Over at Andrew's place, Jamie Kirchick flags something I meant to link to but let slip my mind - Mark Oppenheimer's New Haven Review of Books, a collection of essays by writers who call the Elm City home (as I did, throughout my childhood). The collection includes Oppenheimer's own ode to the Springfield, Massachusetts of his youth, the New Haven of his adulthood, and other such medium cities - the places, in other words, that aren't New York, Washington or Boston, but aren't the suburbs or the deep country either. His affection for New Haven mirrors my own, though I wonder if our shared hometown isn't a special case among medium cities, given the presence of Yale. Having a great university in a small downtown, especially so close to Manhattan, enables New Haven to offer the charms of small-city life with some of the benefits of bigger-city living, and it's enabled the Elm City to survive a disastrous period of urban "renewal," sustain itself through the 1970s and 1980s - an era that tore the heart out of places like Springfield (among many others) - and then renew and reinvent itself over the last ten years.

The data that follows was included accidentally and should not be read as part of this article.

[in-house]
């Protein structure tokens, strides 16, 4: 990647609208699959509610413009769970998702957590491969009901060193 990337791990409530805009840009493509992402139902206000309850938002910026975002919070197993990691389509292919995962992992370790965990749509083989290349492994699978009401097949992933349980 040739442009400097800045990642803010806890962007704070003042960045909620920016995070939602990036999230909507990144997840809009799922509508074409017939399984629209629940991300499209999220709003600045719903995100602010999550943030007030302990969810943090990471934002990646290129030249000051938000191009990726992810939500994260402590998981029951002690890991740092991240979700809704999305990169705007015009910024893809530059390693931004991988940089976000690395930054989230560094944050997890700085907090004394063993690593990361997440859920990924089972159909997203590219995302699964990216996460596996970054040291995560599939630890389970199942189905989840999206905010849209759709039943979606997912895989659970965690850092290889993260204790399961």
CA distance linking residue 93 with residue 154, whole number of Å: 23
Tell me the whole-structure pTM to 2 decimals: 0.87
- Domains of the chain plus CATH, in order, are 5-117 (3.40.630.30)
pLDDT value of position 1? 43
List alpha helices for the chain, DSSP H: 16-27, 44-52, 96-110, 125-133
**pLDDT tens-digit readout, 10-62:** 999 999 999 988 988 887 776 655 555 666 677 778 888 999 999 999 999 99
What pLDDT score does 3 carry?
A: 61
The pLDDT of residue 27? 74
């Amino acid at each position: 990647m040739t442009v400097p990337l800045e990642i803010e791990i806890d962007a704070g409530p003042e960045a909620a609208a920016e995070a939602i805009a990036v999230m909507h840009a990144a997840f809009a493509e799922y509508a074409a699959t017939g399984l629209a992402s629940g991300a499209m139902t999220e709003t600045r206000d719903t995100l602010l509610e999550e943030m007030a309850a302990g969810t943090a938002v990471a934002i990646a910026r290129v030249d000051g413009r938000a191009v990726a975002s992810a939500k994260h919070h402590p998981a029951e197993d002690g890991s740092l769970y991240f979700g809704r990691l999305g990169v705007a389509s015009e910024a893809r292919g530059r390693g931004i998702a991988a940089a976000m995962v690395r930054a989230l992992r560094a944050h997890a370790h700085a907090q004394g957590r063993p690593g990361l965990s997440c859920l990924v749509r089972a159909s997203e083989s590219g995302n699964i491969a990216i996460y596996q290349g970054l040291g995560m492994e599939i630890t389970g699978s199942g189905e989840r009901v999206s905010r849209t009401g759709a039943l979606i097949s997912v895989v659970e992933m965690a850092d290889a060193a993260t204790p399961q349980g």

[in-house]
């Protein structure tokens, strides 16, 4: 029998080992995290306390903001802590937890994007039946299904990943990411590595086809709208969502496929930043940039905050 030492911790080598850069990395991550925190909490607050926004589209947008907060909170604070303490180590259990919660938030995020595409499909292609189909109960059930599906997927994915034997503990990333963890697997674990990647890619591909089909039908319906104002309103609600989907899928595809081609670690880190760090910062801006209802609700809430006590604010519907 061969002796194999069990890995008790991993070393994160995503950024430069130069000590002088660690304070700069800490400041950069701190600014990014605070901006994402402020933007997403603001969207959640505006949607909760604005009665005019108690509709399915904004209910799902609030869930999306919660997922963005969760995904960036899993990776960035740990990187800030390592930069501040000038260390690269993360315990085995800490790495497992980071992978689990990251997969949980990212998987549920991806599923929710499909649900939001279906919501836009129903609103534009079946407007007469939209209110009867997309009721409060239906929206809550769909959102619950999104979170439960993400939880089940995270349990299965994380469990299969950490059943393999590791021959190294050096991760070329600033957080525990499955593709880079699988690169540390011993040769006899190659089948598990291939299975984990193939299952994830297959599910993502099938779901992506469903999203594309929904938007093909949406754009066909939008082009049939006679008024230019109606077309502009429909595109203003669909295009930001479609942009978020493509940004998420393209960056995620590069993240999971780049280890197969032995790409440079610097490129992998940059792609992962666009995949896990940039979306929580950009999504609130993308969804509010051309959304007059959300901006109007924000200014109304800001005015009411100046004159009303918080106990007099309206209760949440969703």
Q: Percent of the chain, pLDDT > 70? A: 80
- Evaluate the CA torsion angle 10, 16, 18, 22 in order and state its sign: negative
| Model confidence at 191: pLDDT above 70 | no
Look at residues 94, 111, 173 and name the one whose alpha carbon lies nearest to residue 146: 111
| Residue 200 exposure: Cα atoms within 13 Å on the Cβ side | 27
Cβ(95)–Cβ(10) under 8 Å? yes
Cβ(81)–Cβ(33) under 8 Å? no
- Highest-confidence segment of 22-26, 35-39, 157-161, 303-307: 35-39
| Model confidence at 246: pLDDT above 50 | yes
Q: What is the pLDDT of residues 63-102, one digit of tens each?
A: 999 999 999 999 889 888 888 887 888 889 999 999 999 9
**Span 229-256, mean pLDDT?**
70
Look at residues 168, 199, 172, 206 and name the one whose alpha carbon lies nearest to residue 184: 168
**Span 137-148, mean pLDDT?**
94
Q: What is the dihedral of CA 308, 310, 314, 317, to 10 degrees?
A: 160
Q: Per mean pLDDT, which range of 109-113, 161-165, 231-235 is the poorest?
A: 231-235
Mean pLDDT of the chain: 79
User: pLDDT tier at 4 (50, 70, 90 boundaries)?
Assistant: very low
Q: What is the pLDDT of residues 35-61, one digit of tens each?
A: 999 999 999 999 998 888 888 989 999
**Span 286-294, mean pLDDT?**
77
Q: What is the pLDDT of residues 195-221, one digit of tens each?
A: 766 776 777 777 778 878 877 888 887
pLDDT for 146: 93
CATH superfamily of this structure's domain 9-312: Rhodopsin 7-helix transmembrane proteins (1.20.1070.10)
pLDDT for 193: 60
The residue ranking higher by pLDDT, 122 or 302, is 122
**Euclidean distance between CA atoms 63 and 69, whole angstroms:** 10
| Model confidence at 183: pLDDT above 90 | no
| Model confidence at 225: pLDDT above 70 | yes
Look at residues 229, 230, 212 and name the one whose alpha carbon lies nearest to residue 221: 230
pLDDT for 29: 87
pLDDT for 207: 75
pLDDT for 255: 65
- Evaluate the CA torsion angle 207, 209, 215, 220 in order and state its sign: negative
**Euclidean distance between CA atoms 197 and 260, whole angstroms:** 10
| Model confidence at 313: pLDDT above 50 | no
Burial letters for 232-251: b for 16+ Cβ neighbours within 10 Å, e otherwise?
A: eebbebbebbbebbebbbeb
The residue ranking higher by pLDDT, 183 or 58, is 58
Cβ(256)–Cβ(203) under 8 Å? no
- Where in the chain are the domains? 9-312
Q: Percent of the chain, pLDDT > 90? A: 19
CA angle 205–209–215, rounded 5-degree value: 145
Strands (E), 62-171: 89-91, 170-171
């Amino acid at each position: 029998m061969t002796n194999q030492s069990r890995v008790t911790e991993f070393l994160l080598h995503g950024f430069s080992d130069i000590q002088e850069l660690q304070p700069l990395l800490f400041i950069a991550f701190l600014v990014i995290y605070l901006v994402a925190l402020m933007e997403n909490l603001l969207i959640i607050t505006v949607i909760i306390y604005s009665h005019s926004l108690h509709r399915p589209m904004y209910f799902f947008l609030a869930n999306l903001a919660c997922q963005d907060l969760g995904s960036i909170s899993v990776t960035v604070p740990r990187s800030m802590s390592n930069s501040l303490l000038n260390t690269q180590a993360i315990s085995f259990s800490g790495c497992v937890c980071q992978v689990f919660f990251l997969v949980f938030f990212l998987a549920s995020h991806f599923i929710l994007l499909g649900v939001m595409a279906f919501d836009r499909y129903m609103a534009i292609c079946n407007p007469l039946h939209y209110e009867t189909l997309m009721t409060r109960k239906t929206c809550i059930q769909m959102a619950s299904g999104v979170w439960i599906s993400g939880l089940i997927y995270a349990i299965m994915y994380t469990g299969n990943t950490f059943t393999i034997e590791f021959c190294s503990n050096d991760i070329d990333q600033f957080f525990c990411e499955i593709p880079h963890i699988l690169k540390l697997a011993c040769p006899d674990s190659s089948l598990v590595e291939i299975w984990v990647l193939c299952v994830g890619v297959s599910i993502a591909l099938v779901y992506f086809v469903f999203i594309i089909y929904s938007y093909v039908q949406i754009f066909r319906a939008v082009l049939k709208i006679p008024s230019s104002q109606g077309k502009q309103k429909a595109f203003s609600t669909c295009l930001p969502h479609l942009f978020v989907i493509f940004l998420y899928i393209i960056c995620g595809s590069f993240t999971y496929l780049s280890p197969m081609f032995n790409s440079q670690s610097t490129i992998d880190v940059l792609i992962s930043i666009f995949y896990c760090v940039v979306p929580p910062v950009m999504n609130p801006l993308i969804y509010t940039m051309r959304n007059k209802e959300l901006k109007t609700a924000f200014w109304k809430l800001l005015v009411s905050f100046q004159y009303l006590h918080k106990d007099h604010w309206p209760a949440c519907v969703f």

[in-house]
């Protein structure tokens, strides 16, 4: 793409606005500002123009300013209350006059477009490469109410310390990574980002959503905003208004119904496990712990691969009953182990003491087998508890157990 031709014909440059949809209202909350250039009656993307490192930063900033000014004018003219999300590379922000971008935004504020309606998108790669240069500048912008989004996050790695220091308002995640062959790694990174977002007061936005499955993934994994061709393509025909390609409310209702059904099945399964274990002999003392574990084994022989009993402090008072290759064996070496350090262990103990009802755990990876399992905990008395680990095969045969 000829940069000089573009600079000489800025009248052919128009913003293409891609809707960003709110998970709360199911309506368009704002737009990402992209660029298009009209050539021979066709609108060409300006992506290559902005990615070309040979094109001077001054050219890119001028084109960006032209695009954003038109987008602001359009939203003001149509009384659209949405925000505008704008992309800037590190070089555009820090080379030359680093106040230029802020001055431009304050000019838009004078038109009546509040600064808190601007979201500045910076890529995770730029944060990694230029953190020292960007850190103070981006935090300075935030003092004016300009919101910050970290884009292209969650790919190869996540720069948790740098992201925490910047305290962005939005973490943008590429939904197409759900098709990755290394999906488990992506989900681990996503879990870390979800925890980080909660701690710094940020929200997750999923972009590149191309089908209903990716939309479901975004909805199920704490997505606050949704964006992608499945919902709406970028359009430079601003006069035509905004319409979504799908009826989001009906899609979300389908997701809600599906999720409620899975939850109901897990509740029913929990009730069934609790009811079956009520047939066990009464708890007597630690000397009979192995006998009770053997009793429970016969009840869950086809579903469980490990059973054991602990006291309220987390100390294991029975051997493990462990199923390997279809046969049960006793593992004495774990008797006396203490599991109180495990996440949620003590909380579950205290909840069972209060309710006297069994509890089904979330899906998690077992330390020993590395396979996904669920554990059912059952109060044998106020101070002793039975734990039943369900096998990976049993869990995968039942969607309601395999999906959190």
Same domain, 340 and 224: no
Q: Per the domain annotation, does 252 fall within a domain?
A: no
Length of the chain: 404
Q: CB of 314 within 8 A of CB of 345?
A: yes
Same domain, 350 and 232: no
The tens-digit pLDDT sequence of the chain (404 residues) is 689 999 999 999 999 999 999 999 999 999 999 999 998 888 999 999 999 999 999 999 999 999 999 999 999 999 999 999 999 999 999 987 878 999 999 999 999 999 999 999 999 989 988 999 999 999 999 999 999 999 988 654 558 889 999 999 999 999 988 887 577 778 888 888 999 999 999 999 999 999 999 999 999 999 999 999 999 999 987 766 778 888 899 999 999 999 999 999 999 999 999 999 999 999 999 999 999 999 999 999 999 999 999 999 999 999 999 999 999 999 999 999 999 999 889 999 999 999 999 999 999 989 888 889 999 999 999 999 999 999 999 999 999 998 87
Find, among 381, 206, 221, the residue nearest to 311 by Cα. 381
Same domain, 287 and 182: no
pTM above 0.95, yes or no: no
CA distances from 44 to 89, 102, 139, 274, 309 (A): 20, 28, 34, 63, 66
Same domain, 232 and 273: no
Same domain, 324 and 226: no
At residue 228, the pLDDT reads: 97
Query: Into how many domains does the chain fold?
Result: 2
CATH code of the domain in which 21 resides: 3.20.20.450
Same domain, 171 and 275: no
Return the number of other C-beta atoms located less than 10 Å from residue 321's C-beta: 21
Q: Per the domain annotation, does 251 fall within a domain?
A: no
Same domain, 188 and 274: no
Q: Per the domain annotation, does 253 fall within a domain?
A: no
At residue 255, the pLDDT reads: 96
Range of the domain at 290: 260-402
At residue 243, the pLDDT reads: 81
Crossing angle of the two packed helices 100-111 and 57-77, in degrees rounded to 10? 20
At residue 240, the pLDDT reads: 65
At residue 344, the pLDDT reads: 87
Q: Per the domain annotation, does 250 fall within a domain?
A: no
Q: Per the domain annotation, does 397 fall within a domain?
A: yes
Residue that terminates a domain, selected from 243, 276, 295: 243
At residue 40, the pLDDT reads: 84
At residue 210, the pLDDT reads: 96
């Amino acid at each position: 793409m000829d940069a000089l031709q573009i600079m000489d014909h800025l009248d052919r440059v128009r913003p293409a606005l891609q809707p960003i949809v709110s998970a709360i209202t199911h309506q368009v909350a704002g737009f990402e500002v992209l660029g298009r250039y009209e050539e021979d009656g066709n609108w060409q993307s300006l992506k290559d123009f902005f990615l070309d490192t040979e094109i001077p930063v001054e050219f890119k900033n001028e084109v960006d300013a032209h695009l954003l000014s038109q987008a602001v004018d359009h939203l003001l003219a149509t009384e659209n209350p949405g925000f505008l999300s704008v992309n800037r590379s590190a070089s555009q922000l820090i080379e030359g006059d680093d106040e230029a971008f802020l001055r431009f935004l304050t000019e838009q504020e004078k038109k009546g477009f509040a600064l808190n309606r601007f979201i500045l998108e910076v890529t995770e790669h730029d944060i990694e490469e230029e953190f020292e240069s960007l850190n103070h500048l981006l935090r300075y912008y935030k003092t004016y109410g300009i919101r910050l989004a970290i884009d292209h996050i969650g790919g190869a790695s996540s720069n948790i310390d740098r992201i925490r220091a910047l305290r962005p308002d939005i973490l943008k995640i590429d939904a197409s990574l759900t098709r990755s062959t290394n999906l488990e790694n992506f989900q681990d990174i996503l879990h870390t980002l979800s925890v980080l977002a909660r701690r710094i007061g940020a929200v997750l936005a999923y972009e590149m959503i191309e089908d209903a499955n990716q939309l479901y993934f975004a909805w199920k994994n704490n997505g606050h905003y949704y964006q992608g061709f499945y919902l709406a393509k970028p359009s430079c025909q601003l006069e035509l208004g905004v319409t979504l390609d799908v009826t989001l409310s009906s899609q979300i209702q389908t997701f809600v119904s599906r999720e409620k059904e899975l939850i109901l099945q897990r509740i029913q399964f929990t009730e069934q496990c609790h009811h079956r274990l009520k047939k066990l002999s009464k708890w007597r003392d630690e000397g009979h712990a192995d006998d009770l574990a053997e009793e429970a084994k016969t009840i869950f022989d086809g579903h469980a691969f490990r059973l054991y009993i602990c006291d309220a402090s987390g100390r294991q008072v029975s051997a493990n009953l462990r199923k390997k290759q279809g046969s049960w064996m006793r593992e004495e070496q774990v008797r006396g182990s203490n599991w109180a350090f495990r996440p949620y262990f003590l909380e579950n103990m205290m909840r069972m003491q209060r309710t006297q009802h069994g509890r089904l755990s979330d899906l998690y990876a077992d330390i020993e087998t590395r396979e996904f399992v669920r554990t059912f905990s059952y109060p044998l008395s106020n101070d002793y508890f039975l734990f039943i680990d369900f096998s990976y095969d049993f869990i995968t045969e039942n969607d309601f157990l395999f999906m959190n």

My fear for New Haven (whose virtues I've defended for years against skeptics and snobs from the megacities) is that this recent renewal will go too far, in some sense - that the slow but unstoppable growth of Yale, and the expansion of New York's commuting population up the Connecticut coastline, will make it more and more like a miniature version of D.C. or New York, an upper-middle class town with a ghetto thrown in, rather than the working and middle-class area where I grew up. But of course this sort of "problem" is a luxury the Springfields of the world would kill to face.
Photo by Flickr user Andrew D. Miller used under a Creative Commons license.
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